Christopher Schech, Vice President and CFO of Banco Latinoamericano de Comercio Exterior, S.A. (BLX), Interviews with The Wall Street Transcript

Wall Street Transcript

67 WALL STREET, New York - April 24, 2013 - The Wall Street Transcript has just published its Money Center Banks Report offering a timely review of the sector to serious investors and industry executives. This special feature contains expert industry commentary through in-depth interviews with public company CEOs and Equity Analysts. The full issue is available by calling (212) 952-7433 or via The Wall Street Transcript Online.

Topics covered: Investing in Regional Banks - Increase In Investor Risk Tolerance - Regulatory Obstacles and Fee Income Replacement - Fiscal Cliff Effects on Banking - Interest Rates and Loan-Growth Strategies - Regulatory Outlook Gains Clarity

Companies include: Banco Latinoamericano de Expor (BLX) and many more.

In the following excerpt from the Money Center Banks Report, the Vice President and CFO of Banco Latinoamericano de Comercio Exterior, S.A. (BLX) discusses company strategy and the outlook for this vital industry:

TWST: If you would, please start with a brief history of Bladex and an overview of the bank's business and geographic presence today.

Mr. Schech: Bladex was founded in the mid-1970s, started operations in the late 1970s. The founding fathers were basically threefold. On one side were the central banks of 23 Latin American countries who came together to create this organization. But they were also joined by the private sector, because the central banks invited regional and local banks throughout the region to participate in the creation of Bladex as a shareholder.

And thirdly, since this was viewed as an organization that would not only cater to the interests of Latin America but also the rest of the world, it was decided at the time to also invite parties from outside the region. As an example, the IFC was a founding father of Bladex as well, along with a host of other international banks that operate throughout the world.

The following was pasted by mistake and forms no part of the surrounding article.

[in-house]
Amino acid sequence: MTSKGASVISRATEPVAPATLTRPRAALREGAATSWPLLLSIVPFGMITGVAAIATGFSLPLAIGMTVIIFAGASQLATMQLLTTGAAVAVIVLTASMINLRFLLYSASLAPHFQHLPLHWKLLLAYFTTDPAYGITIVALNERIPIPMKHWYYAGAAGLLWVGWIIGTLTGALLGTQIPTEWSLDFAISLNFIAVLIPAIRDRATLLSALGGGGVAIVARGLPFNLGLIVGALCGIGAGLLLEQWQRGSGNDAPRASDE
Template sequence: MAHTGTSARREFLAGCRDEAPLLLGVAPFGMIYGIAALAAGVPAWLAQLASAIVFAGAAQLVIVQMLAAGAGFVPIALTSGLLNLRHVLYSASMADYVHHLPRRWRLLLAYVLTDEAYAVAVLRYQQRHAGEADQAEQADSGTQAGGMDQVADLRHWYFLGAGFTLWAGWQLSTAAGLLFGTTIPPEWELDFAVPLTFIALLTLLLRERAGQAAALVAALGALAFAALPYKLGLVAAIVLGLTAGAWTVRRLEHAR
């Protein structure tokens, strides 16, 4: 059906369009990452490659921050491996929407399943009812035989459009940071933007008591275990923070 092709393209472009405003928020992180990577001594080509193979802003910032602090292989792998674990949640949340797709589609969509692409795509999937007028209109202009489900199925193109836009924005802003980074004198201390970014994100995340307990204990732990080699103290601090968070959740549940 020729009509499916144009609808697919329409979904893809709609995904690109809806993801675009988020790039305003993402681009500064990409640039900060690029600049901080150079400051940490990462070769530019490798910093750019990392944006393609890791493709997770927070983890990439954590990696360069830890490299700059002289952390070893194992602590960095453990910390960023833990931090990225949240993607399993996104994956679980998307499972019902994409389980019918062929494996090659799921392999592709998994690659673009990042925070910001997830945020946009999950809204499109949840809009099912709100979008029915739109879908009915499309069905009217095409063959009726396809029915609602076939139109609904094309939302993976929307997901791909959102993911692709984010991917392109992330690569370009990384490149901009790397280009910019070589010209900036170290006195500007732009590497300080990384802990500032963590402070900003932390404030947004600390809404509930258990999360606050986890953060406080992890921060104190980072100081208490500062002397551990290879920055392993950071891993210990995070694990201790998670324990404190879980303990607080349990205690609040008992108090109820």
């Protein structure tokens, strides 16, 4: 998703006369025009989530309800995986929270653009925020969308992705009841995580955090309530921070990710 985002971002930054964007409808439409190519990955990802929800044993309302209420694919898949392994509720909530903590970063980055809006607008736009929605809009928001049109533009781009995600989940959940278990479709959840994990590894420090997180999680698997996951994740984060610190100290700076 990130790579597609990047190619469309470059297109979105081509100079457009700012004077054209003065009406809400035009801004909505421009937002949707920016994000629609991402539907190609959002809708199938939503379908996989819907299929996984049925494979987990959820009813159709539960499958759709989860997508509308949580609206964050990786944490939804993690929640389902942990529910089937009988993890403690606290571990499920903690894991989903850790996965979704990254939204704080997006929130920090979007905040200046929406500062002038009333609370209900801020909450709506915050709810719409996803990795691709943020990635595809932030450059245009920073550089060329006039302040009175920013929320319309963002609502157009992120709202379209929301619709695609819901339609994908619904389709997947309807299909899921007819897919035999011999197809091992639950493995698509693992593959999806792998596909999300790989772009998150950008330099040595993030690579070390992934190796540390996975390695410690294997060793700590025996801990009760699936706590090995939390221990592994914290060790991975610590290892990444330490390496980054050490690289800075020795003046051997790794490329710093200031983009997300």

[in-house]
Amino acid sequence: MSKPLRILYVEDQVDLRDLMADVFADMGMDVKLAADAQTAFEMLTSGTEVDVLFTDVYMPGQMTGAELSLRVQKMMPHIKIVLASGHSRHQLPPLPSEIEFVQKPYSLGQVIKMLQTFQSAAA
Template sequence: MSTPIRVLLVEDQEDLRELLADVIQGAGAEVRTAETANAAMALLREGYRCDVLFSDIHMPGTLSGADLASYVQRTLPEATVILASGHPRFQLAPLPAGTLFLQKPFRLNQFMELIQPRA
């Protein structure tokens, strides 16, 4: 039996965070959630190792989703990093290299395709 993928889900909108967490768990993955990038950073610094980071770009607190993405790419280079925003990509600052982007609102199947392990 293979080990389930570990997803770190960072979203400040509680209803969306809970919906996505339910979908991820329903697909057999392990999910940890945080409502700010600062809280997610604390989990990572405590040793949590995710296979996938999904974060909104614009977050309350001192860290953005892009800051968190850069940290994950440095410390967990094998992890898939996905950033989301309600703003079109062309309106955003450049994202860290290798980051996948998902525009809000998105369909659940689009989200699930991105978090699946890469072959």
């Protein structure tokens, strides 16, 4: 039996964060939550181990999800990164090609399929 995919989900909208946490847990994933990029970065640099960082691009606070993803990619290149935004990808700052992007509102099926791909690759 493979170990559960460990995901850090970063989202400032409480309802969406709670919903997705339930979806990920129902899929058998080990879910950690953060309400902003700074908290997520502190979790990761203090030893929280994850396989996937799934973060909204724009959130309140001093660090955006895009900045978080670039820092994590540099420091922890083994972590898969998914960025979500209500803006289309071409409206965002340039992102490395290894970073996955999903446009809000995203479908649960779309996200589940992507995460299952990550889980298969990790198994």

This organization was set up to work and function as a commercial bank focused on foreign trade - on exports leaving the region, heading to all parts of the rest of the world, as well as imports into the region. The mission of this institution is to support the growth of Latin American businesses exporting to the rest of the world as well as importing goods from other parts of the world.

That focus hasn't changed over the course of time, because based on the statutes of the bank it would require the approval of at least 75% of the central bank shareholders to agree to a change of course of what Bladex does; that has resulted in Bladex remaining true to its original purpose, and that is to support companies engaged in foreign trade that has to do with Latin America...

For more of this interview and many others visit the Wall Street Transcript - a unique service for investors and industry researchers - providing fresh commentary and insight through verbatim interviews with CEOs, portfolio managers and research analysts. This special issue is available by calling (212) 952-7433 or via The Wall Street Transcript Online.

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